"Acquisition and margin improvement help deliver great results in a stable or growing market, but in a sector facing structural change they were simply buying more of the same problems."


As we perhaps suspected, there was more to come and it does appear that in effect the Courier is also becoming a weekly paper, with a website. See this link on the site today.

I'm not entirely sure what "platform neutral" publishing really means ....

From David Telford

Thursday, 19 April 2012

I think this is about facing realities. It's interesting that this complaint is posted on a free to view internet site rather than a newspaper. The printed media has had and will have difficulties to come, online media is becoming the favoured way to get their news be it local or national. Furthermore, the advertising revenues are dwindling. The biggest revenues for a local paper were the recruitment ads & property ads and recruiters and estate agents used to consider it the primary method of promotion that of course has changed dramatically in the last 10 years.
The electronic age has meant we need less & less office space, the amount of empty office space is incredible and owners will soon realise that even if the economy improves, the need for space will not return when people can work from home.

Profit seems to be a dirty word but nobody goes into business to be a busy fool and if a business does not plan ahead, especially in a declining industry, they will go under. For any organisation, it should not be spending money when there is a more cost-effective way of doing things, ultimately, minimising costs ensures that jobs and organisation's future are protected as much as possible.

From Jonathan Timbers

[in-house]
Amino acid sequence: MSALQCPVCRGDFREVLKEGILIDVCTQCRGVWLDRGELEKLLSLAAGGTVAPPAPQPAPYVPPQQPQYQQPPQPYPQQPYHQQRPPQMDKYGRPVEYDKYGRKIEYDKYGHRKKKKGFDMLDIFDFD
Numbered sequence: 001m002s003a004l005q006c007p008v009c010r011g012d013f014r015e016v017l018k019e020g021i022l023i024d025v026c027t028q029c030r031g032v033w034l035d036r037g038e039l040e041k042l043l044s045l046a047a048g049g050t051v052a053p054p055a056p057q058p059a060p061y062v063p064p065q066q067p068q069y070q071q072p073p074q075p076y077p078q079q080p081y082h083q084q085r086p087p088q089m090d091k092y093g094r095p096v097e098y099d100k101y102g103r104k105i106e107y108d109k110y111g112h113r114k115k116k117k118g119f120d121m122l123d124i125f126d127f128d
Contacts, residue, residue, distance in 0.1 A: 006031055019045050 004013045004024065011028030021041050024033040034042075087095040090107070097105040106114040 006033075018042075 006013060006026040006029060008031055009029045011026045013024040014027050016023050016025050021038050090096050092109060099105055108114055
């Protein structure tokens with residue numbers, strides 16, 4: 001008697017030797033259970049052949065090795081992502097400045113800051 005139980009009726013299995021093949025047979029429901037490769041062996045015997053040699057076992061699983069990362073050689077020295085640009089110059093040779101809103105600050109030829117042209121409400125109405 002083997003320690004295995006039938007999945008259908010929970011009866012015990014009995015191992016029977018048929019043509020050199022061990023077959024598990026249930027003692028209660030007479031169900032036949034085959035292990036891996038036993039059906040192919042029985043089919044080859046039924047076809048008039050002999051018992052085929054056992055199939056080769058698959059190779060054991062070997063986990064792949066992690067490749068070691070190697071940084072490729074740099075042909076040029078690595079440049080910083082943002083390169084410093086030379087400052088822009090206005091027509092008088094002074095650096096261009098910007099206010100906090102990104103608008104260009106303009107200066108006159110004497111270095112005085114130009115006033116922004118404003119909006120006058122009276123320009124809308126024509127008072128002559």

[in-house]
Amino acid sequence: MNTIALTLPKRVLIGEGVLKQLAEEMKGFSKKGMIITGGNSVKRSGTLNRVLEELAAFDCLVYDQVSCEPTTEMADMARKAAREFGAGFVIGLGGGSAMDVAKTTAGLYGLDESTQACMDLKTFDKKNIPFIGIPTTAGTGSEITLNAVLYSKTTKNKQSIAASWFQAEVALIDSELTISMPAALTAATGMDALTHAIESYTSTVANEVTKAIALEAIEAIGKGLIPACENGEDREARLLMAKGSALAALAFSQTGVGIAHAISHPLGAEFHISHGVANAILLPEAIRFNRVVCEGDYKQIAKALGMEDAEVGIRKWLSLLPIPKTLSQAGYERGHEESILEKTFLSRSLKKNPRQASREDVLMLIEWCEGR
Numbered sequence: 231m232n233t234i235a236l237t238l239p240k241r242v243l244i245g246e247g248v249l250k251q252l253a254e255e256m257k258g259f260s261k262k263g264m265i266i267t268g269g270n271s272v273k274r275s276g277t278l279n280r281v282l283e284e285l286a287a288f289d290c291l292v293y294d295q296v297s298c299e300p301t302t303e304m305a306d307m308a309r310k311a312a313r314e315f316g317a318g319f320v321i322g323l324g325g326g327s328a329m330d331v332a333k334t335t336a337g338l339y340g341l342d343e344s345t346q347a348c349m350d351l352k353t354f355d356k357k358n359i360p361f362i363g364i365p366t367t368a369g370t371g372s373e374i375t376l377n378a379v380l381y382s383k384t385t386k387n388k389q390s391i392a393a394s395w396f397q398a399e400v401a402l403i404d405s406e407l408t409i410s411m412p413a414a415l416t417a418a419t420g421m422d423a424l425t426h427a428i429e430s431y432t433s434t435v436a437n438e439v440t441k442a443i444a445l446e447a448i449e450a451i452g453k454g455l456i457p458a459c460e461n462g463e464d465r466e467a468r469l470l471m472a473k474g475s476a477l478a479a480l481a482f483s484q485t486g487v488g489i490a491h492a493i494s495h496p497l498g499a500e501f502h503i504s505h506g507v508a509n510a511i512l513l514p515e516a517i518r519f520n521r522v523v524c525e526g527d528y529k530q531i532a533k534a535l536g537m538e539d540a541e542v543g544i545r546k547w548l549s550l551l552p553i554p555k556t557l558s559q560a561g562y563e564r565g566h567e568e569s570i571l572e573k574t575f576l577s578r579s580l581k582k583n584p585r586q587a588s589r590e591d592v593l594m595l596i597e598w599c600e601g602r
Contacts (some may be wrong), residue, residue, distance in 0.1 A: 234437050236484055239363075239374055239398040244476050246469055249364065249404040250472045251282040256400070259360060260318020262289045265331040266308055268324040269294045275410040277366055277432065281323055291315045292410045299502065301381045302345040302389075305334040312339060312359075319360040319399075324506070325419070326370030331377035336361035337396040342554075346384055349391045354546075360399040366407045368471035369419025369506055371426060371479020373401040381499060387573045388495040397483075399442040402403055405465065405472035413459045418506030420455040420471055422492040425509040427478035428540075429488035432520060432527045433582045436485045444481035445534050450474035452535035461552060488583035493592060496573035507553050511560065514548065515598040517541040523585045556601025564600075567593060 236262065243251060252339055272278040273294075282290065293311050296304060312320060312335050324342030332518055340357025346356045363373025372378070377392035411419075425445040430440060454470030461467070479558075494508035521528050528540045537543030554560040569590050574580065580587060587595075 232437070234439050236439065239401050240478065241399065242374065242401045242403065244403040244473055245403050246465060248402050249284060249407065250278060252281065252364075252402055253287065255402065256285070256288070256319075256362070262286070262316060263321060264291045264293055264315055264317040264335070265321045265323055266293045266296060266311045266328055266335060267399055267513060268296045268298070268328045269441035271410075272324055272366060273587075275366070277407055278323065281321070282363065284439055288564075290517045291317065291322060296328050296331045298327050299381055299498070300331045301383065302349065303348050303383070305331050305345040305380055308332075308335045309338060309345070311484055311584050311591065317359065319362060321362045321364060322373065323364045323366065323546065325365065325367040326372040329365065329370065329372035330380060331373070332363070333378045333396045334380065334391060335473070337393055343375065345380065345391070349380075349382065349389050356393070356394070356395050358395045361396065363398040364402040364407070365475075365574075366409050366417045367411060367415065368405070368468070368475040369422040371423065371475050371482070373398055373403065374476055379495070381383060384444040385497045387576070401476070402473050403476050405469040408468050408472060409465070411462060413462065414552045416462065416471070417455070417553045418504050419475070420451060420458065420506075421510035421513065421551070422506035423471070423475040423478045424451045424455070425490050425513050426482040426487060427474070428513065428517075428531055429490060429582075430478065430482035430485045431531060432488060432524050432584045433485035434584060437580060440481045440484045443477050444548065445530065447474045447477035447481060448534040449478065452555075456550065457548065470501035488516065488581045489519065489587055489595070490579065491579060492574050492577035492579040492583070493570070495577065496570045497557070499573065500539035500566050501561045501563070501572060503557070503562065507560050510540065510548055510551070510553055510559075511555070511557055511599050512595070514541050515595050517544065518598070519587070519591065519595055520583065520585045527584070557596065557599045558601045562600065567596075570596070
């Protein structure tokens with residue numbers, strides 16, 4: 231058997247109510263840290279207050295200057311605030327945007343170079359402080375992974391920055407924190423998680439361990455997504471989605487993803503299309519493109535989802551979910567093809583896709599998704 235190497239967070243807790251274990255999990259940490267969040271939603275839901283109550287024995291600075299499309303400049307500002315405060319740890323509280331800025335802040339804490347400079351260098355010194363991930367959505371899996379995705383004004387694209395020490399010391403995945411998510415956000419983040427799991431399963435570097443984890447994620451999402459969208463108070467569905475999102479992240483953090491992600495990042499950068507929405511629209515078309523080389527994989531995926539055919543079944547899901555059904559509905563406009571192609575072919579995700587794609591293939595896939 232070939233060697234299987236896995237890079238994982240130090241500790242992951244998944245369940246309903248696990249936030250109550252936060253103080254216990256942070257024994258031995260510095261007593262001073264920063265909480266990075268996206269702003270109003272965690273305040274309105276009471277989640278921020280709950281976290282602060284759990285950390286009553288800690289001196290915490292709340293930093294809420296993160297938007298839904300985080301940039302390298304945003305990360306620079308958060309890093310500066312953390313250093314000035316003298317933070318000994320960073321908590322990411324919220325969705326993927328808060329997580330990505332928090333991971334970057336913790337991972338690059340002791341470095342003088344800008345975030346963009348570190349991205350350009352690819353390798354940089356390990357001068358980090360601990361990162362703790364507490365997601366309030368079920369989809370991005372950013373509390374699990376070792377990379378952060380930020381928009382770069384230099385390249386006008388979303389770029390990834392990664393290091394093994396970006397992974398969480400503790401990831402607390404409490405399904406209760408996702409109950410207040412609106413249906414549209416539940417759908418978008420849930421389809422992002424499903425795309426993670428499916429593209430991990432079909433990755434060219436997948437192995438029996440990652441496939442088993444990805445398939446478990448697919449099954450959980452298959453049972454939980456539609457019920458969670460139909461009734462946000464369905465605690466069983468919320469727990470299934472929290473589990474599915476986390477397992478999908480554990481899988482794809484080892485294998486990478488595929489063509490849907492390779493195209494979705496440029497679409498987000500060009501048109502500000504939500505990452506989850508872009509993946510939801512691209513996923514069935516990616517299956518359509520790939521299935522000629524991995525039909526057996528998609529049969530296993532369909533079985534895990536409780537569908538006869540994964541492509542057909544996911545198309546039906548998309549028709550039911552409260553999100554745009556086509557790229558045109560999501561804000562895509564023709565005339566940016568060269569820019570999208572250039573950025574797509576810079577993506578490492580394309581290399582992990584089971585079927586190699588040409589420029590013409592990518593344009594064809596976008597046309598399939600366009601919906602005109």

Thursday, 19 April 2012

The Hebden Bridge Times has always been something of a joke, but one which lies at the heart of our town's identity. The Bridge Times has long been part of its charming dysfunctionality, its essential unfunkiness.

Recently, I've started buying it again and frankly I think it's in danger of becoming really professional. Lets pray that that those who know lots about the market (sorry, 'the Market', we are referring here to the Godhead after all), but very little about people or communities find a way of preserving its flavour in a new context - or should I say maintain its brand identity on a new communications platform.

From Cllr Tim Swift

Friday, 20 April 2012

There's an interesting post on Courier Editor Tim Robinson's blog about the move to a weekly Courier

There is also a similar story in today's paper, but strangely I can't find it on line yet!

From Gerry P

Thursday, 17 May 2012

Having perused the new Evening Courier website a few times, it came to my attention that every item about a fire in the area was accompanied by the same picture . . . of a fire engine.

Feeling I had grasped the concept of what a fire engine looked like, I opened up one of the stories, thinking perhaps there was a news picture inside.

Not so - but instead, a note at the bottom of the story asking "do you have a photo of this incident? If so please email it to..."

Well, it's one thing to publish happy pictures from events submitted by people promoting charities and good causes - having presumably sacked all the press photographers.

But isn't it a tad irresponsible to encourage members of the public to lurk ghoulishly around fires and accidents taking pictures and getting in the way of the emergency services?